If you ride a motorcycle, you know the joy and sense of freedom it can bring, but you’ll also want to take extra care to keep yourself safe on the roads. According to the National Highway Traffic Safety Administration (NHTSA), motorcyclists are 29 times more likely to die in a motor vehicle crash, and four (4) times more likely to be injured, than the occupants of passenger vehicles. In 2019 alone, 84 people were killed in motorcycle accidents on New Jersey roads.
Biking is an eco-friendly way to get around—and a great way to get some fresh air and exercise. Unfortunately, not all drivers respect the safety of bikers, and negligent or distracted driving can easily put you in danger of serious injury.
If you’ve been hit by a car while biking, you may be left wondering about your next steps. We’ve put together some answers to common questions you might have so that you can make sure you receive all the benefits to which you are entitled.
The COVID-19 pandemic may have halted or reduced travel for many in New Jersey, but the end of the year also came with a surprising and sobering statistic: the number of fatal accidents involving cars in New Jersey rose in 2020 despite the pandemic.
Last year, 587 fatal accidents were reported across the state, up from 558 in 2019. Fatal accidents involving pedestrians have also risen, and so have fatal accidents involving cyclists. Eighteen cyclists lost their lives on New Jersey roads last year, up from only twelve the year before.
In response to these alarming numbers—and the long-term work of certain local bike safety advocacy groups—the New Jersey state legislature recently passed a bipartisan bill to increase the safety of New Jersey’s bikers and pedestrians. This bill, now known as the New Jersey Safe Passing Law, was signed into law by New Jersey Governor Phil Murphy on Thursday, August 5th.
New Jersey residents who work in the so-called “gig” economy can breathe a little easier today. On July 8, 2021 Governor Murphy signed new laws that will crack down on worker misclassification in New Jersey, which will provide additional benefits for workers once in effect. Misclassification is the practice of illegally and improperly classifying employees as independent contractors, when they are in fact employees. This practice deprives workers of the right to earn minimum wage and overtime, workers’ compensation, unemployment, earned sick leave, family leave, temporary disability, and other benefits.
On May 5, 2021 Peloton announced they were recalling their Tread+ and Tread Treadmill products due to the multiple injuries and even a child death that was reported. Back in April, Peloton fought the U.S. Consumer Product Safety Commission on the need for a recall. The Commission issued an urgent warning for the Peloton treadmill owners to stop using them immediately. The fitness company is offering a full refund for the machines. These machines cost $4,295 each and include a large touch screen allowing individuals to work out with instructors/trainers.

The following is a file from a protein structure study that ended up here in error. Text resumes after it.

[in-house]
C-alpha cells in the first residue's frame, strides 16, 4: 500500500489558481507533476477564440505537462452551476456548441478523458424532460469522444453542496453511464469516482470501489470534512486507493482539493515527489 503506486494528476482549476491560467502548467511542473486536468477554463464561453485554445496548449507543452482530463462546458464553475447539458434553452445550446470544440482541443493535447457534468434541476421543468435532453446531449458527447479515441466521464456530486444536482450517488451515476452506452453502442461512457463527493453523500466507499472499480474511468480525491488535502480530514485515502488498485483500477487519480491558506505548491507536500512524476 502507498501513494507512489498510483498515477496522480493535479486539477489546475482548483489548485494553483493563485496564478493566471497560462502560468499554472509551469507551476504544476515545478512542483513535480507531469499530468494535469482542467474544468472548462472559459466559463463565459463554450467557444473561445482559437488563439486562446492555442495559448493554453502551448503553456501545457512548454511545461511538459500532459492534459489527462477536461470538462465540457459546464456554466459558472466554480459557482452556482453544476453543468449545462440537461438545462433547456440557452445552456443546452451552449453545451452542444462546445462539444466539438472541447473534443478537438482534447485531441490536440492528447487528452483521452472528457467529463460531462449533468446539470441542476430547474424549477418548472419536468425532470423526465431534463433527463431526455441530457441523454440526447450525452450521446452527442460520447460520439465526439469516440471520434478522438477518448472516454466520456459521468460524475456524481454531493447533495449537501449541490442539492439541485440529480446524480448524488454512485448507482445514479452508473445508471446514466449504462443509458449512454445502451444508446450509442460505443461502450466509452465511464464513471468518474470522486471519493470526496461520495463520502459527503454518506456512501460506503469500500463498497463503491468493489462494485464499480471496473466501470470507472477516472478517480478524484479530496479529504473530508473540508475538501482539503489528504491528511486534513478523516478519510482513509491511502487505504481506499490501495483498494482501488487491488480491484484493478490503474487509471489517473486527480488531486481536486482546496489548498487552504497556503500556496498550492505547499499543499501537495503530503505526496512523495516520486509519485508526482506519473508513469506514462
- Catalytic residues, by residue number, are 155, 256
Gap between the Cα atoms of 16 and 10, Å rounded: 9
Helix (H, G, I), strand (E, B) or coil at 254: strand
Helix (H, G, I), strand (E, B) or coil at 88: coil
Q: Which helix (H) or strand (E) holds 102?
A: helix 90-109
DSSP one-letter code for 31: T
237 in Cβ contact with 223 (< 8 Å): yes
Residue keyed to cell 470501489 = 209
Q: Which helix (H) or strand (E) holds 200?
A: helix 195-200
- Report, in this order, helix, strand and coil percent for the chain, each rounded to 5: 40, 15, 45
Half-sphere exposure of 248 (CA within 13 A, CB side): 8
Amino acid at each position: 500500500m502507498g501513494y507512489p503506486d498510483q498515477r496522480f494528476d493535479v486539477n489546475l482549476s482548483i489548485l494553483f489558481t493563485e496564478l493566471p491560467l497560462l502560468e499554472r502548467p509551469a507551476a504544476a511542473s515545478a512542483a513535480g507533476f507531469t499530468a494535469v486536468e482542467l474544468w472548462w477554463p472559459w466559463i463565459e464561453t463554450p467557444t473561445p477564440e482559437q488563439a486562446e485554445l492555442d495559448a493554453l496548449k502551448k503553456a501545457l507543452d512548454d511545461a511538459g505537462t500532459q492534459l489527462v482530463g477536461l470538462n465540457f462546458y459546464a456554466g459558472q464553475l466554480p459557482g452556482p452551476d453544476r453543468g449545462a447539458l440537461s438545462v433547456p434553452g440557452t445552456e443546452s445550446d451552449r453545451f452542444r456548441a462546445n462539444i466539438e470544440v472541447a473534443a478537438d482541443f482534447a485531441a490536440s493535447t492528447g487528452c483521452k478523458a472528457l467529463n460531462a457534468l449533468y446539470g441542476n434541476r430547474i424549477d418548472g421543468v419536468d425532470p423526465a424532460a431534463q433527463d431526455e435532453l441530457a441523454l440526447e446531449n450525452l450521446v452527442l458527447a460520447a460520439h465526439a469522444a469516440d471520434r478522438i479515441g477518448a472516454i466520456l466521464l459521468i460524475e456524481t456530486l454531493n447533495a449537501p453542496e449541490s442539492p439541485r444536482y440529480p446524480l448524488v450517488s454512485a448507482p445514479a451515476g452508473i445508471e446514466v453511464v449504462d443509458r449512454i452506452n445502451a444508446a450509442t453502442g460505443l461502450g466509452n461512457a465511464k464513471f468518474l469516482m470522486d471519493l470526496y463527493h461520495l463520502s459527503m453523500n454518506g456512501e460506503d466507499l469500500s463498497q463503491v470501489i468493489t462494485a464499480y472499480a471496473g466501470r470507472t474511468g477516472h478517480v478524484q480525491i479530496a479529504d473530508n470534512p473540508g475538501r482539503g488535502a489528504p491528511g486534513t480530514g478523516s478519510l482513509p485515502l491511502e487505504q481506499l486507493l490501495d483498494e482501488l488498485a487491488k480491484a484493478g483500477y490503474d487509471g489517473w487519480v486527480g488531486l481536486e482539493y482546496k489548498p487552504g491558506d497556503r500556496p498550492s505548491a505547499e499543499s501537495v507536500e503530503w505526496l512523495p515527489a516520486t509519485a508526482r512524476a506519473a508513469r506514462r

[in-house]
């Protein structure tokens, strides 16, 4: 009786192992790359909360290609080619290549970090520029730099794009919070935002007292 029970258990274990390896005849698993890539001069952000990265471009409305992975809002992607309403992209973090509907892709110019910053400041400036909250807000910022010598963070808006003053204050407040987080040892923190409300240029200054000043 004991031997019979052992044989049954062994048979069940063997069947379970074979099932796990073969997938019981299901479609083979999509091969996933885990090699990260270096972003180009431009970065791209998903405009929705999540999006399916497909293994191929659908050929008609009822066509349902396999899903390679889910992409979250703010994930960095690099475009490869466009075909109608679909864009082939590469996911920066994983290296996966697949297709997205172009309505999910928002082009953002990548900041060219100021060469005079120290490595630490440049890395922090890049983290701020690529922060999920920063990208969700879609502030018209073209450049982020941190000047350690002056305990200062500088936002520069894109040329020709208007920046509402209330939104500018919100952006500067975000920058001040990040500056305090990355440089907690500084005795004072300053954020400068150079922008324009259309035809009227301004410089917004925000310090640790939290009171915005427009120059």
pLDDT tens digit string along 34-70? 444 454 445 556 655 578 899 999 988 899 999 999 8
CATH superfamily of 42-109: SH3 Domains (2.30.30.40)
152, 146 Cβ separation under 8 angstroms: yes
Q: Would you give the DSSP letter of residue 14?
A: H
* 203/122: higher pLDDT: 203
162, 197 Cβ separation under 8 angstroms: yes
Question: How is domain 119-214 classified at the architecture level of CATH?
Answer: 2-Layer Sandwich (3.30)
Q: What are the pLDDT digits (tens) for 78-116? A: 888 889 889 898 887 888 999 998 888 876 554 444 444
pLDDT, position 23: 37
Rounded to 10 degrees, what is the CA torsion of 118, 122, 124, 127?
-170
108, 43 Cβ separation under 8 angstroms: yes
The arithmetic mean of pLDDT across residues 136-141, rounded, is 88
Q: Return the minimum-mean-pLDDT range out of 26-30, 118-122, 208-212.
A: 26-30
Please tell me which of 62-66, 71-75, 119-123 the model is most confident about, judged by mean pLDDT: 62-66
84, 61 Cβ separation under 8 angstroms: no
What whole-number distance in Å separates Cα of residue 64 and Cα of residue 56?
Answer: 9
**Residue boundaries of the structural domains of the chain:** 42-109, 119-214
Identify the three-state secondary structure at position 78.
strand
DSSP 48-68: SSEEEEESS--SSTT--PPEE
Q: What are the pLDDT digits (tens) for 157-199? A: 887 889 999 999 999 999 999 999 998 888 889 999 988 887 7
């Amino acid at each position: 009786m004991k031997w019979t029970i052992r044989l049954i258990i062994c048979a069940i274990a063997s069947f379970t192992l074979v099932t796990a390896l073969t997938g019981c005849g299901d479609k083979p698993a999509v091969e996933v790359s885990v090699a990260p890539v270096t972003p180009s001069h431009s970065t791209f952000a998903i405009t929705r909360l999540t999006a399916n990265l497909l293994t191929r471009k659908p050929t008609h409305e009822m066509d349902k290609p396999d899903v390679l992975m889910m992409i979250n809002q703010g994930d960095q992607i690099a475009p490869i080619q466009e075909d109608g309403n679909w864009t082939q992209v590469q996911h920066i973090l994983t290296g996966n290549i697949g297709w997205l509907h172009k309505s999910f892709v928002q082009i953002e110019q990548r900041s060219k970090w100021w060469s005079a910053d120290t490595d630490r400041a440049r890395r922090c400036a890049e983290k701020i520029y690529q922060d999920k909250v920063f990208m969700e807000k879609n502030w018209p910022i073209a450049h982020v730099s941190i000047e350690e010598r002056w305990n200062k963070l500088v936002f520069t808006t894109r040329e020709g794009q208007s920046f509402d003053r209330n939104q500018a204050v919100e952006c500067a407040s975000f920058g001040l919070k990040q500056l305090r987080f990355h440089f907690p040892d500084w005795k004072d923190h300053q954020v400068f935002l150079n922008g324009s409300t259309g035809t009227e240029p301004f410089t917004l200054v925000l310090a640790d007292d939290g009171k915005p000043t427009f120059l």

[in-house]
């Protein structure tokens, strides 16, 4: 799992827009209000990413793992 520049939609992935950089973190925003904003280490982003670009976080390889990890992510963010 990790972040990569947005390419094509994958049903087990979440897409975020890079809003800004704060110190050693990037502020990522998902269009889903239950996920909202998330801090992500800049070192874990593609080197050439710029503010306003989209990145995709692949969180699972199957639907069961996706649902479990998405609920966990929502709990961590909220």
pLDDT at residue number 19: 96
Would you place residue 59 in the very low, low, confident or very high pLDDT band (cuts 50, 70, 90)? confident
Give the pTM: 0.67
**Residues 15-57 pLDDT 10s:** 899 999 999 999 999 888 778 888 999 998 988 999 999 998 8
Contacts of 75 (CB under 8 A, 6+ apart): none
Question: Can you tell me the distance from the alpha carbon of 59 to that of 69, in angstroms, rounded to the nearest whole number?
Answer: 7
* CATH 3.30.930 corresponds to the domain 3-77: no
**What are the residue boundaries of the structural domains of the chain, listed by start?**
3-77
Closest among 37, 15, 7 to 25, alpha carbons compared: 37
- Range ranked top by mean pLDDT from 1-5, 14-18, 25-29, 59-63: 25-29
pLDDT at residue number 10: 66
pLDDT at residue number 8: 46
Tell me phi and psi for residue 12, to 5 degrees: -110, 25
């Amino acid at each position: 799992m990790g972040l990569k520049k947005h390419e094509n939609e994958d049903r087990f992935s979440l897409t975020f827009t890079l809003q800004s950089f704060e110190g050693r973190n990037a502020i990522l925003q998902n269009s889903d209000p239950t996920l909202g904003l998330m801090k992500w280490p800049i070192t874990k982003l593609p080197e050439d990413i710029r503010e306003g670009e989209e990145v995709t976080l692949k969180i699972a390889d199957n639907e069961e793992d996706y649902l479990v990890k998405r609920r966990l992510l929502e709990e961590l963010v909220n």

On Wednesday April 28, the Pennsylvania Senate unanimously passed a bill that would allow qualified associates/staff to obtain informed consent from patients prior to medical procedures. Traditionally, doctors were the only individuals who had the sole, non-delegable responsibility of obtaining the Consent Forms. The unanimous vote amends the state’s Medical Care Availability and Reduction of Error Act (MCARE Act) to clarify that not only a treating physician but any “qualified practitioner” would be able to obtain a patient’s informed consent.
On April 6, 2021 the Pennsylvania House of Representatives passed a bill that will ultimately protect not only healthcare workers, but also various facilities and businesses. According to the article reports, by a 107-to-94 vote, this bill will specifically protect businesses, health care facilities, nursing homes, and schools from “lawsuits alleging COVID-19 exposure, absent claims of gross negligence or intentional misconduct.”
According to recent reports, the FDA is investigating cases where patients have died due to contamination issues with medical devices. Specifically, the infections are apparently stemming from “the patient-to-patient transfer of pathogens from devices used to view and access the urinary tract, bladder, and kidneys, including cystoscopes, ureteroscopes, and cystourethroscopes.”
Did you know that lung cancer killed more than 135,000 people in the United States in 2020? The U.S. Preventive Services Task Force believes that increasing the number of eligible Americans for free lung cancer screenings will save more lives, including those of women and people of color.
Snow Removal Law
Now that the temperatures outside have started to dip and the winter driving season is upon us, it is time to remind you of New Jersey’s ice and snow removal law. Remember to remove all ice and snow from your vehicle before driving, especially from the hood, windows, and roof. Motorists who fail to obey this law face fines of $25 to $75 for each offense, regardless of whether the ice and snow is dislodged from the vehicle. If flying ice or snow causes property damage or injury to others, motorists face fines of $200 to $1,000 for each offense.